In the summer of 1947, 35 mothers locked themselves into a Yorkshire children’s centre to protest against its closure. Having expanded nursery provision to enable women to join the war effort, the government drastically scaled back. In four years, around 500 council-run nurseries were shut. Then, as now, women knew what this meant for their prospects. They were recast in their traditional role as carers, and lost their financial independence.
Childcare has remained one of the gaps in the welfare state ever since. While the UK is relatively generous towards new mothers, with maternity leave and free prescriptions and dentistry for a year after birth, the state has never stumped up the investment necessary to ensure that parents are able to keep on working from when their children stop being babies until they start school. In England, cuts in public provision combined with privatisation and price rises have made a difficult situation worse, with fees for under-twos doubling since 2010 (the devolved administrations are all more generous, and the number of free nursery hours in Scotland has doubled). At the end of this month a March of the Mummies, organised by the pressure group Pregnant Then Screwed, aims to push the issue up the agenda and persuade ministers to do more to support flexible working and part-time jobs.
So far, the signs are that Liz Truss and her colleagues have their eyes and ears shut. Having had her idea of reducing ratios in childcare settings knocked back more than a decade ago, Ms Truss is now considering even more radical deregulation. One proposal is to scrap ratios altogether, so that providers decide how many children each adult can care for. Another, floated by a rightwing thinktank, would see existing entitlements to free part-time nursery places withdrawn. A third idea under discussion is to give nursery funding to parents instead, to spend where they choose – a measure that would further destabilise an already fragile sector.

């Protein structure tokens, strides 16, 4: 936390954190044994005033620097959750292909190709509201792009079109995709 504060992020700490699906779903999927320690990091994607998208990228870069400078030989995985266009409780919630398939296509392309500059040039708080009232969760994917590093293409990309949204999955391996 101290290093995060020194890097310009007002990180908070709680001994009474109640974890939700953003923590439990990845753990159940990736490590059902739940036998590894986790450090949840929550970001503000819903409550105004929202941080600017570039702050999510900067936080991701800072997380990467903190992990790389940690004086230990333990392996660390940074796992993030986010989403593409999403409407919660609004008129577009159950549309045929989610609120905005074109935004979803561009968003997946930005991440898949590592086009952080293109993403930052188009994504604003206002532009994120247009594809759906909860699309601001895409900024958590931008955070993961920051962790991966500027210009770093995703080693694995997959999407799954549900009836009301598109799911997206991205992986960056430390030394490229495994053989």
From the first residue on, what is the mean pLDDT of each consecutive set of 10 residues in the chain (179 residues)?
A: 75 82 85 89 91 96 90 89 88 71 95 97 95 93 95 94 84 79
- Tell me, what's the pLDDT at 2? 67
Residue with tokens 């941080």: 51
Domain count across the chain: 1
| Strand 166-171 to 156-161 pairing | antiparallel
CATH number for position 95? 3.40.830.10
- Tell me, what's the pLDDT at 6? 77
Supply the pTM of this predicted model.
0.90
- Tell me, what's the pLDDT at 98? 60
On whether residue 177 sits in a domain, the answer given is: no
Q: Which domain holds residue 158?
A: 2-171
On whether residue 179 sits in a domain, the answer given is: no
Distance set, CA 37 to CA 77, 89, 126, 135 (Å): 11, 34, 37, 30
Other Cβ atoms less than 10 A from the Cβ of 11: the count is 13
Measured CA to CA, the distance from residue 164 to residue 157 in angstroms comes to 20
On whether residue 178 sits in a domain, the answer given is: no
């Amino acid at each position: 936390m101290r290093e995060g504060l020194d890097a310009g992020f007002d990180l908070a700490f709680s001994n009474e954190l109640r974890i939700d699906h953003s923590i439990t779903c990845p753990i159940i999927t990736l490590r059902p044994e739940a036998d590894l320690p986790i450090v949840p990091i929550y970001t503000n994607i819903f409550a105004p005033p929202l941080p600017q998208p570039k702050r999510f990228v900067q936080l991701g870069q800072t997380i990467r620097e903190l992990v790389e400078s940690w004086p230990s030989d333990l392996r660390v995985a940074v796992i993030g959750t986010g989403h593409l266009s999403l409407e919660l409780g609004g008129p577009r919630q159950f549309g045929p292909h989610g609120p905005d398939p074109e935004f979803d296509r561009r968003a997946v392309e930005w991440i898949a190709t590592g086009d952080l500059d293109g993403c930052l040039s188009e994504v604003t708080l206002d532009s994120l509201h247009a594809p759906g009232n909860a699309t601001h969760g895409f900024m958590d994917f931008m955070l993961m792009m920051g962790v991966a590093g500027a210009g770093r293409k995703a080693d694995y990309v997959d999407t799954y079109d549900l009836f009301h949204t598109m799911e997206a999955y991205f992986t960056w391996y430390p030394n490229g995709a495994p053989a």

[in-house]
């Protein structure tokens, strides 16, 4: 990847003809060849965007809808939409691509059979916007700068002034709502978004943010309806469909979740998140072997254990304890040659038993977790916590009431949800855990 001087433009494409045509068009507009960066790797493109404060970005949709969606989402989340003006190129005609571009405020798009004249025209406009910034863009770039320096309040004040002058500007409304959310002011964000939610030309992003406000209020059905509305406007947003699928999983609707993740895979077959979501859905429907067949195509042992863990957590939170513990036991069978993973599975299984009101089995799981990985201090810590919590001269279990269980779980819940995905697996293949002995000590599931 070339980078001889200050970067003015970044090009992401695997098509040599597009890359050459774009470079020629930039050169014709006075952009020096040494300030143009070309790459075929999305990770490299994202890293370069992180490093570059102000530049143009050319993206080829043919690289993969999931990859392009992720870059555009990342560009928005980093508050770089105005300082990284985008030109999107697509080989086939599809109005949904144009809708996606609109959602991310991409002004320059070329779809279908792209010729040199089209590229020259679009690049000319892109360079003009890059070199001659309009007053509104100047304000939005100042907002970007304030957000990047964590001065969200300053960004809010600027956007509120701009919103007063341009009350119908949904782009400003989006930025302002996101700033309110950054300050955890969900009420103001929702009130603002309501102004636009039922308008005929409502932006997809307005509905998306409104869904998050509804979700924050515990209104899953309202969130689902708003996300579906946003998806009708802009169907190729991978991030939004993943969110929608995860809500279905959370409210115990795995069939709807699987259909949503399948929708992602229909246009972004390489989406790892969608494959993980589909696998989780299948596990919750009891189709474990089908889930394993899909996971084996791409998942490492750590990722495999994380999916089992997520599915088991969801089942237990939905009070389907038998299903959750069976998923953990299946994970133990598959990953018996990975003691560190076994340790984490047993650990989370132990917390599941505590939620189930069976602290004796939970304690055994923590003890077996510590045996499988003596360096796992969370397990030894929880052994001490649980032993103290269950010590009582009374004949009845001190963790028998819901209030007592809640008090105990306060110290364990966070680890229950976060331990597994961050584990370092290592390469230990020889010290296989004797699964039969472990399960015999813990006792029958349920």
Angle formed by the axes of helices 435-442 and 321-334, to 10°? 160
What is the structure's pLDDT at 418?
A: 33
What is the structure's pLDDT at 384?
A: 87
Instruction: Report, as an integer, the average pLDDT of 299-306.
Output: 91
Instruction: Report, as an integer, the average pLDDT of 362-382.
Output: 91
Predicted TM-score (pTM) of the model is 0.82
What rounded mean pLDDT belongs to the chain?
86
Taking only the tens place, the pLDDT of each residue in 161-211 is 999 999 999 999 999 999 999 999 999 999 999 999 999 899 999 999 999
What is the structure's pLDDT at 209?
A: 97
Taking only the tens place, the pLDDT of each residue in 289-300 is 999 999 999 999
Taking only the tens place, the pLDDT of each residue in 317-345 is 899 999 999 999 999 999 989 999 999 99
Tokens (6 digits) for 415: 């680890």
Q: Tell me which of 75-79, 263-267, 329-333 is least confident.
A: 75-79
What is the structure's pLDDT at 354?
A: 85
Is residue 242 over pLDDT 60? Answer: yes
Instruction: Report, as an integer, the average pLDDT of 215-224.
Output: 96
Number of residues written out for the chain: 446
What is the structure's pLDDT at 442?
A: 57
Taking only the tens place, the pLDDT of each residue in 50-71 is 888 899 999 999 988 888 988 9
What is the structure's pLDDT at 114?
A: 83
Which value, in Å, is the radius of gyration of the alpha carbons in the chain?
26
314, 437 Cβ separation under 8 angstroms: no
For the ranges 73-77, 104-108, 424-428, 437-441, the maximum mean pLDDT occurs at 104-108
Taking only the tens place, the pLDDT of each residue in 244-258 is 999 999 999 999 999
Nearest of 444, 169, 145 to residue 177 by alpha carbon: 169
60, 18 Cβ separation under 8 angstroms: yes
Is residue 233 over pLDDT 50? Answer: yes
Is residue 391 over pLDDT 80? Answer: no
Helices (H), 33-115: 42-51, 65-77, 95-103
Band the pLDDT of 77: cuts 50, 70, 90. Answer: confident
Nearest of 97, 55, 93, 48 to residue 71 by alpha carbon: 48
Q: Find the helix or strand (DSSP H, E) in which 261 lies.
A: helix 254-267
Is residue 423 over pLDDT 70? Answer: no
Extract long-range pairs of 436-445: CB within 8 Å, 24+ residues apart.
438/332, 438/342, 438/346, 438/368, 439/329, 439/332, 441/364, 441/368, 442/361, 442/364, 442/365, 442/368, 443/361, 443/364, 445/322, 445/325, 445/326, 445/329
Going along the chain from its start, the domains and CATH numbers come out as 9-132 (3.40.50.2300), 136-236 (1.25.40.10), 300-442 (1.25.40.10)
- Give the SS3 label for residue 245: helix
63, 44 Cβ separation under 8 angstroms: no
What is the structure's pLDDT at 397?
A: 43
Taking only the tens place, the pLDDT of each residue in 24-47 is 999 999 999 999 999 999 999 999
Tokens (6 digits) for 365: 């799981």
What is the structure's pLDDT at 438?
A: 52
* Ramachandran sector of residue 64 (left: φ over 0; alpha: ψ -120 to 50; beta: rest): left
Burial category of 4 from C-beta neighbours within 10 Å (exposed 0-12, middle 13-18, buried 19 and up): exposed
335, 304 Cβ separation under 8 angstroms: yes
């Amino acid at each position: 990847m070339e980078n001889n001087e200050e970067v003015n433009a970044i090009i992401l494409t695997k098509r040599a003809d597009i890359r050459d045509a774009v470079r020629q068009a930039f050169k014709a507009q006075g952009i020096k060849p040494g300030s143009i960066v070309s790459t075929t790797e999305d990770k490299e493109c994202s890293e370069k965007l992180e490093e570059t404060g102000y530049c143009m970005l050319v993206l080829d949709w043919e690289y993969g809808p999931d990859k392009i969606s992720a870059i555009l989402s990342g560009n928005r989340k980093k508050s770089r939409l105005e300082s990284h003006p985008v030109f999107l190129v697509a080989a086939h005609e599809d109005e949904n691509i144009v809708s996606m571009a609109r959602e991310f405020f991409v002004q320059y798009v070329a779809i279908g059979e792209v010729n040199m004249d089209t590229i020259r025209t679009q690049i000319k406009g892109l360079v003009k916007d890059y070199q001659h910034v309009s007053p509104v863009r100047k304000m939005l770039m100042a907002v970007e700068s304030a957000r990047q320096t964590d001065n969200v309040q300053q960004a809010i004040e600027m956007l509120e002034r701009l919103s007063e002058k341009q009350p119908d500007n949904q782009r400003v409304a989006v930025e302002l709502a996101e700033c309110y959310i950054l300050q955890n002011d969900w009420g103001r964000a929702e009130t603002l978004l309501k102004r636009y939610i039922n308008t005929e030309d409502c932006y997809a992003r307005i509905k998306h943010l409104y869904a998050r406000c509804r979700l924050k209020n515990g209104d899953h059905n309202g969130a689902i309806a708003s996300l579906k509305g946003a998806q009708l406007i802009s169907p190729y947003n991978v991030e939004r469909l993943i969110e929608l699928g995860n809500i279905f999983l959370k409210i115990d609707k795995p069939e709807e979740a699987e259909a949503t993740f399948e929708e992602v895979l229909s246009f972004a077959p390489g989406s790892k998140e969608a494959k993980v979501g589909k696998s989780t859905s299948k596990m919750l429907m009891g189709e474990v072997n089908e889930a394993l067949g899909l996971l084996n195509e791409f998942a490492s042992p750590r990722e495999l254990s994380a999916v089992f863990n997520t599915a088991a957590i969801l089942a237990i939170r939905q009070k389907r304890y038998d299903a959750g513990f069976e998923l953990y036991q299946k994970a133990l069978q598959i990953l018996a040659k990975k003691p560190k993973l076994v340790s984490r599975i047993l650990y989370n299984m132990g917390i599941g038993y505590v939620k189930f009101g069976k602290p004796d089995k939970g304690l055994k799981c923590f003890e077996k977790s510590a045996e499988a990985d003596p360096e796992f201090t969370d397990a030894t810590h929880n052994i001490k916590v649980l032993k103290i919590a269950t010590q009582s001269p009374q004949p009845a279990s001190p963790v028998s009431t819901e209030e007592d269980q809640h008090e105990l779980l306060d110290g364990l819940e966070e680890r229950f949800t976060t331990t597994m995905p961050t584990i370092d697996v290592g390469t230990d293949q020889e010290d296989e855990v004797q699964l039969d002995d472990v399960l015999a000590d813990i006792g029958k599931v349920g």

While the lack of provision for most one- and two-year-olds is the most glaring omission under current arrangements, it is not the only one. Even once children start school, there are 13 weeks each year when schools are closed. All year round, school days end in the mid-afternoon – by which time younger children are often exhausted. Even in term-time, many parents struggle to combine jobs with family commitments. A recent 5% increase in the number of women not working because they are looking after relatives is the first such rise in at least 30 years. And 86% of lone parents are mothers.
Almost 25 years since the launch of its flagship Sure Start programme, here is a fresh opportunity for Labour. The Institute for Public Policy Research has crunched the numbers, and says increased entitlements could be delivered for as little as £900m a year (or around twice as much if all pre-schoolers in England were offered 30 hours). It also proposes an enhanced role for local authorities. One of the problems with childcare is that it is not treated as vital social infrastructure, meaning provision is not planned into new neighbourhoods in the way that schools are.
This is a nonsensical situation and a sexist one, given the weight of evidence that women pay the price when societies refuse to organise childcare collectively. As with other caring professions, and teaching, a more strategic approach to the mostly female early years workforce is also needed. Currently, they are underpaid and underqualified. It is a dangerous fantasy that “the market” can meet all these human challenges without clear direction from politicians. Unfortunately, it is one that the current government is unlikely to drop. Parents and their supporters should keep up the pressure.